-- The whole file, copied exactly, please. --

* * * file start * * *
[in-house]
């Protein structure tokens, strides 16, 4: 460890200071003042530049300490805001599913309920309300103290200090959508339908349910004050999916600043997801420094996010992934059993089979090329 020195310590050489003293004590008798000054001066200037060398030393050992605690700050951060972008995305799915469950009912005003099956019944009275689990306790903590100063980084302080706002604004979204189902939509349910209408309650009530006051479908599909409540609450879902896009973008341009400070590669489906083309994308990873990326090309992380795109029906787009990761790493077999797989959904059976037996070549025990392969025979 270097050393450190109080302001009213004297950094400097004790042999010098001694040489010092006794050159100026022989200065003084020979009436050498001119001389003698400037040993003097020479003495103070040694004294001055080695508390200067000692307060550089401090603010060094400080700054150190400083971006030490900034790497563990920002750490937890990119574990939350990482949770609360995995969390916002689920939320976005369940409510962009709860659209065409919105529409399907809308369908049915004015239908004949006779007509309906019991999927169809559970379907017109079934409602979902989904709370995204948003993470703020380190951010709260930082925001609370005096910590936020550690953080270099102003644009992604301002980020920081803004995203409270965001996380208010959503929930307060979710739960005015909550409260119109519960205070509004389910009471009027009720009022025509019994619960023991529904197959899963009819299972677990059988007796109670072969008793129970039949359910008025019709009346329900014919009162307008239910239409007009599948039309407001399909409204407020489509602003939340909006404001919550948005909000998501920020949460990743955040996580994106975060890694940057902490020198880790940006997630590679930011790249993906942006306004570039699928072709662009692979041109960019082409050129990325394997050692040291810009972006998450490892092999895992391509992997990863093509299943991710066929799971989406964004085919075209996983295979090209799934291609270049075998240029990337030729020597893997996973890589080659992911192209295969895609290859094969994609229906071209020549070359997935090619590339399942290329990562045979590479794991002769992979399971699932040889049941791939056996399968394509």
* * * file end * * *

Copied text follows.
[in-house]
């Protein structure tokens, strides 16, 4: 460890200071003042530049300490805001599913309920309300103290200090959508339908349910004050999916600043997801420094996010992934059993089979090329 020195310590050489003293004590008798000054001066200037060398030393050992605690700050951060972008995305799915469950009912005003099956019944009275689990306790903590100063980084302080706002604004979204189902939509349910209408309650009530006051479908599909409540609450879902896009973008341009400070590669489906083309994308990873990326090309992380795109029906787009990761790493077999797989959904059976037996070549025990392969025979 270097050393450190109080302001009213004297950094400097004790042999010098001694040489010092006794050159100026022989200065003084020979009436050498001119001389003698400037040993003097020479003495103070040694004294001055080695508390200067000692307060550089401090603010060094400080700054150190400083971006030490900034790497563990920002750490937890990119574990939350990482949770609360995995969390916002689920939320976005369940409510962009709860659209065409919105529409399907809308369908049915004015239908004949006779007509309906019991999927169809559970379907017109079934409602979902989904709370995204948003993470703020380190951010709260930082925001609370005096910590936020550690953080270099102003644009992604301002980020920081803004995203409270965001996380208010959503929930307060979710739960005015909550409260119109519960205070509004389910009471009027009720009022025509019994619960023991529904197959899963009819299972677990059988007796109670072969008793129970039949359910008025019709009346329900014919009162307008239910239409007009599948039309407001399909409204407020489509602003939340909006404001919550948005909000998501920020949460990743955040996580994106975060890694940057902490020198880790940006997630590679930011790249993906942006306004570039699928072709662009692979041109960019082409050129990325394997050692040291810009972006998450490892092999895992391509992997990863093509299943991710066929799971989406964004085919075209996983295979090209799934291609270049075998240029990337030729020597893997996973890589080659992911192209295969895609290859094969994609229906071209020549070359997935090619590339399942290329990562045979590479794991002769992979399971699932040889049941791939056996399968394509």